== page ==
Many Chinese towns have grown fat off of single industries. Much of the world’s hosiery, for example, comes from the village of Datang, also known as “Sock City.” Songxia is dedicated to umbrellas. Jinjiang is all about zippers.

And Shisun, for a time, made a killing off of killing. Last year, Chinese prosecutors indicted 40 of the village’s residents for arranging 17 murders. At least 35 more deaths are under investigation; dozens more victims may never be known. News of Shisun’s killing ring provoked dismay in Hunan province, but not shock; similar gangs have been caught in Hebei, Henan, and Sichuan provinces. Indeed, the type of murder conspiracy seen in Shisun is so common that it has its own nickname: Mangjingshi Fanzui, after the film Mang Jing (“Blind Shaft”), which details a similar scheme. Like the movie’s characters, Shisun’s plotters killed migrant miners—staging each man’s death as a mining accident—then posed as grieving family members. Corrupt mine bosses in turn paid these impostor “families” hush money, rather than risk any investigation into working conditions. The scam was grisly but profitable—each death could net as much as $120,000, an unimaginable sum in a country where the average rural family’s annual income is $1,800. The new concrete houses that line the mud-brick village’s main street are a testament to the windfall.

Remote and difficult to access, many villages in China’s interior have developed a criminal cottage industry, involving anything from drugs to internet fraud to counterfeiting. (In fact, shanzhai, the slang for counterfeit, literally means “mountain village.”) In coastal Boshe, a village of 14,000 people, 20 percent of the population—including pensioners, police officers, and politicians—helped produce a third of China’s methamphetamine. Shutting down Boshe’s meth labs three years ago required 3,000 tactical officers backed by helicopters.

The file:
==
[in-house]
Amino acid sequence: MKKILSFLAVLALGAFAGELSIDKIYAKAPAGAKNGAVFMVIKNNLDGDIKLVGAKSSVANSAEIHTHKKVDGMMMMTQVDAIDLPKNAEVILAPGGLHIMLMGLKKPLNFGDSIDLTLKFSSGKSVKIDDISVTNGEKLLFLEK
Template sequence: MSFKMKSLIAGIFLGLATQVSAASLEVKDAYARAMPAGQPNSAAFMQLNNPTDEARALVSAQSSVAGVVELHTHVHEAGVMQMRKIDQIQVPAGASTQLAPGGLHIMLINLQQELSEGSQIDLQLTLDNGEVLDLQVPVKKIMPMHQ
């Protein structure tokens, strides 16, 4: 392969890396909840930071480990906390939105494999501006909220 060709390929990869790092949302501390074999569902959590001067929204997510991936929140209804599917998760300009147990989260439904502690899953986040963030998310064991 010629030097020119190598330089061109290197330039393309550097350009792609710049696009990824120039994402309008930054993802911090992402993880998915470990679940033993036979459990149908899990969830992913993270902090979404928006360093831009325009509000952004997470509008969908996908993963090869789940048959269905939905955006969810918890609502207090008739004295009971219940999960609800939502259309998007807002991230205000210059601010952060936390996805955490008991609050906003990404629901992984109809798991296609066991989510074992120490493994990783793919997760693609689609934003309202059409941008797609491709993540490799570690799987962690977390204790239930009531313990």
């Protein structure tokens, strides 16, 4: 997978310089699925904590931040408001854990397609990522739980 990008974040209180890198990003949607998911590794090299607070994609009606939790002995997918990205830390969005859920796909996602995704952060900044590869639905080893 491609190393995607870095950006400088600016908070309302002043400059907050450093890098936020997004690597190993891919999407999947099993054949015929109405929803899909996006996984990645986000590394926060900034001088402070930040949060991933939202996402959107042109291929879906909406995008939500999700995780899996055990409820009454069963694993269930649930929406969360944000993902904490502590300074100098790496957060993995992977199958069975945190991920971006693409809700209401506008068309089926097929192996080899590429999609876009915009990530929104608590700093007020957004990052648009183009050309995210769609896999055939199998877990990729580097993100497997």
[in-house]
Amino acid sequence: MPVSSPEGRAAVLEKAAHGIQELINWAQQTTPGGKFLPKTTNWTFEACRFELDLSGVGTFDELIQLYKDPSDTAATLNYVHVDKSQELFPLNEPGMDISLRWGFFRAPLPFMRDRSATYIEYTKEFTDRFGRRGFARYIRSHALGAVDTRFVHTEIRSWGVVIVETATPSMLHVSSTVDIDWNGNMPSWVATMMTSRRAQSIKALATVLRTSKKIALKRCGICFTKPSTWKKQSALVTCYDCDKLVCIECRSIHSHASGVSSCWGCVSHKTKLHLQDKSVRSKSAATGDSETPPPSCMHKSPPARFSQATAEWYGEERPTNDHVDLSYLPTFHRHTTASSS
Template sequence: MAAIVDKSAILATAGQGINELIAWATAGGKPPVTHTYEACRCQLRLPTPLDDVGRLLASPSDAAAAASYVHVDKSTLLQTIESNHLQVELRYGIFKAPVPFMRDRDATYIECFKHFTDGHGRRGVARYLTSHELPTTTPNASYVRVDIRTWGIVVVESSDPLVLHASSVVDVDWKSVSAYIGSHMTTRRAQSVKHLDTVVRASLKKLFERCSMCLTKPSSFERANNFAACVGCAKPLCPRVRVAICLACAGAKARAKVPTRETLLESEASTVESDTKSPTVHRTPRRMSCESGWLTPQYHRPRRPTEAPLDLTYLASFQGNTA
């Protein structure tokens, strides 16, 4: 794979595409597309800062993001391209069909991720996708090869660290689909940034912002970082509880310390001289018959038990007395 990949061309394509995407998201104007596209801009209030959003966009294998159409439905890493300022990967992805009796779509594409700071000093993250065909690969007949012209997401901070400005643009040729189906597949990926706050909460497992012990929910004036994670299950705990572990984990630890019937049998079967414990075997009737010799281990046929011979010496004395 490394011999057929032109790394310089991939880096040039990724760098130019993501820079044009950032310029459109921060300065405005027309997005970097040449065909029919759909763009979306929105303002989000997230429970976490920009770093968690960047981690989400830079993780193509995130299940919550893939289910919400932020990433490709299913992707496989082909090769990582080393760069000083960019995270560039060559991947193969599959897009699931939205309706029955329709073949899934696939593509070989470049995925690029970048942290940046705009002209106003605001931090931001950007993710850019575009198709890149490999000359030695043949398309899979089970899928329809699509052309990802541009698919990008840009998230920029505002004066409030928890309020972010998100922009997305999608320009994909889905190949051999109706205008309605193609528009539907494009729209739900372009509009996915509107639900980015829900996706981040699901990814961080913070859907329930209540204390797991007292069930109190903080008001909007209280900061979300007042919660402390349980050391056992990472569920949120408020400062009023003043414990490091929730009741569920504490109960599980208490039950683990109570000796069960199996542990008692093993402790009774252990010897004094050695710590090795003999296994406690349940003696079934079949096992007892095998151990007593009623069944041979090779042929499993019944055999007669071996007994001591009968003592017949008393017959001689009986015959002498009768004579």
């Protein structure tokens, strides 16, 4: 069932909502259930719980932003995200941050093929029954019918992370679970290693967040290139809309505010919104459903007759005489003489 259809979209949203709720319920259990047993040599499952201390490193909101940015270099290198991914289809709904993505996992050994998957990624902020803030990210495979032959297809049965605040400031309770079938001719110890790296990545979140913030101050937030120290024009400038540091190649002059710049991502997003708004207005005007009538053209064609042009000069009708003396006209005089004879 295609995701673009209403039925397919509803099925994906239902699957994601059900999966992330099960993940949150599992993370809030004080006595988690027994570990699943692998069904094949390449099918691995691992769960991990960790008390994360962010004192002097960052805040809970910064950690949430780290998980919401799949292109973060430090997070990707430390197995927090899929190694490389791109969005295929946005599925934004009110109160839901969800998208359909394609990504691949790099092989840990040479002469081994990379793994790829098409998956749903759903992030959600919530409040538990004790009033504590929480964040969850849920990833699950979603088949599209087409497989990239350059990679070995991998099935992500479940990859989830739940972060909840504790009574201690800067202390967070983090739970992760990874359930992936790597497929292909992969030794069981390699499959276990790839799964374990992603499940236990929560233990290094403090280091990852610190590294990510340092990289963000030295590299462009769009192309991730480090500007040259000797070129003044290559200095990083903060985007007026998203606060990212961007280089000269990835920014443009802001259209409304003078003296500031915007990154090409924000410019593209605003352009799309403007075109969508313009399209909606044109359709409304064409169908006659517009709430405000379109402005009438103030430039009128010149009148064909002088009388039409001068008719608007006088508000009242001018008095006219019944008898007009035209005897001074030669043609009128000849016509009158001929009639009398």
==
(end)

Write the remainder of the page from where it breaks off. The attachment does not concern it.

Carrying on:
Gabriel Silveira

Many observers blame crime villages on the widening gap between China’s urbanized population and its left-behind agrarian one. Minimal policing, neglected infrastructure, and grinding poverty have isolated whole communities not just from society, but from traditional morality. Crime offers villagers a way to make a living, but beyond that, it provides essential revenue for cash-strapped local officials. In a report on “gangsterized” villages in Hunan province, Yu Jianrong, a scholar at the Chinese Academy of Social Sciences, writes that thugs are often used to keep public order and even collect taxes. In peasant communities, notes Feng Qingyang, a prominent blogger and social critic, clan loyalty to feudal chiefs supersedes deference to government authority. “People, rather than laws or government, rule,” he wrote on his blog. And when most of a village is implicated to some degree in a crime, notes Zheng Guihong, a Beijing-based political commentator, the prevailing view is that “the law cannot punish the majority.”

Authorities claim that poverty-relief efforts will consign crime villages to the past—provided local officials don’t embezzle the funds, of course. In the meantime, catching perpetrators is a game of Whac-a-Mole, with the criminals forever ahead of the cops. Rewards for crime are high, penalties are low, and living conditions are often dire. Tales of peasants who have prospered in the city inspire many to dream of overnight riches, according to Feng. But few can make a fortune without crime. The lucky strike gold alone; for others, it takes a village.